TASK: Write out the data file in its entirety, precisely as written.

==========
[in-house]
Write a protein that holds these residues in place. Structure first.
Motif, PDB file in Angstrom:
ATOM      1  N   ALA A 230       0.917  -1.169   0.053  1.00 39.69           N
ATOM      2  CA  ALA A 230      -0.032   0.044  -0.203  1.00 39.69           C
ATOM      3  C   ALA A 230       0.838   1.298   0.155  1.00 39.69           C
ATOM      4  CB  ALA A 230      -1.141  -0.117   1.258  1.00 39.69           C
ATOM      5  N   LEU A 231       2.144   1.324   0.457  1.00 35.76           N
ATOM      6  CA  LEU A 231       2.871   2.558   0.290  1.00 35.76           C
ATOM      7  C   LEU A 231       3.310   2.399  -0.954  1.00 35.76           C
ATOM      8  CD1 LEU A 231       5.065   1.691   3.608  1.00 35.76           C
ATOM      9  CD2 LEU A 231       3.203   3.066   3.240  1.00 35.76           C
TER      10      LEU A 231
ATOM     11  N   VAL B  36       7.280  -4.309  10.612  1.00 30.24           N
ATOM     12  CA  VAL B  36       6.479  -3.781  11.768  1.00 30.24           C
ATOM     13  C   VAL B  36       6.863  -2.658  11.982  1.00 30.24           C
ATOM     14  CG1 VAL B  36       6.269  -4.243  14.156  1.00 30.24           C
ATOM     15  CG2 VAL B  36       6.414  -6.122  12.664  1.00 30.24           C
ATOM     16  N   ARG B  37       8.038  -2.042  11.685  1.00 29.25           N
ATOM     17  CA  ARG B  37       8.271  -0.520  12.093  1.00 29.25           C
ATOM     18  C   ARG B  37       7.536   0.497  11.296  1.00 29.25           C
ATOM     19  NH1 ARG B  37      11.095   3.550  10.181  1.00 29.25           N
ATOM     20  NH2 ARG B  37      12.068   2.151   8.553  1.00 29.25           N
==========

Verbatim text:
[in-house]
Write a protein that holds these residues in place. Structure first.
Motif, PDB file in Angstrom:
ATOM      1  N   ALA A 230       0.917  -1.169   0.053  1.00 39.69           N
ATOM      2  CA  ALA A 230      -0.032   0.044  -0.203  1.00 39.69           C
ATOM      3  C   ALA A 230       0.838   1.298   0.155  1.00 39.69           C
ATOM      4  CB  ALA A 230      -1.141  -0.117   1.258  1.00 39.69           C
ATOM      5  N   LEU A 231       2.144   1.324   0.457  1.00 35.76           N
ATOM      6  CA  LEU A 231       2.871   2.558   0.290  1.00 35.76           C
ATOM      7  C   LEU A 231       3.310   2.399  -0.954  1.00 35.76           C
ATOM      8  CD1 LEU A 231       5.065   1.691   3.608  1.00 35.76           C
ATOM      9  CD2 LEU A 231       3.203   3.066   3.240  1.00 35.76           C
TER      10      LEU A 231
ATOM     11  N   VAL B  36       7.280  -4.309  10.612  1.00 30.24           N
ATOM     12  CA  VAL B  36       6.479  -3.781  11.768  1.00 30.24           C
ATOM     13  C   VAL B  36       6.863  -2.658  11.982  1.00 30.24           C
ATOM     14  CG1 VAL B  36       6.269  -4.243  14.156  1.00 30.24           C
ATOM     15  CG2 VAL B  36       6.414  -6.122  12.664  1.00 30.24           C
ATOM     16  N   ARG B  37       8.038  -2.042  11.685  1.00 29.25           N
ATOM     17  CA  ARG B  37       8.271  -0.520  12.093  1.00 29.25           C
ATOM     18  C   ARG B  37       7.536   0.497  11.296  1.00 29.25           C
ATOM     19  NH1 ARG B  37      11.095   3.550  10.181  1.00 29.25           N
ATOM     20  NH2 ARG B  37      12.068   2.151   8.553  1.00 29.25           N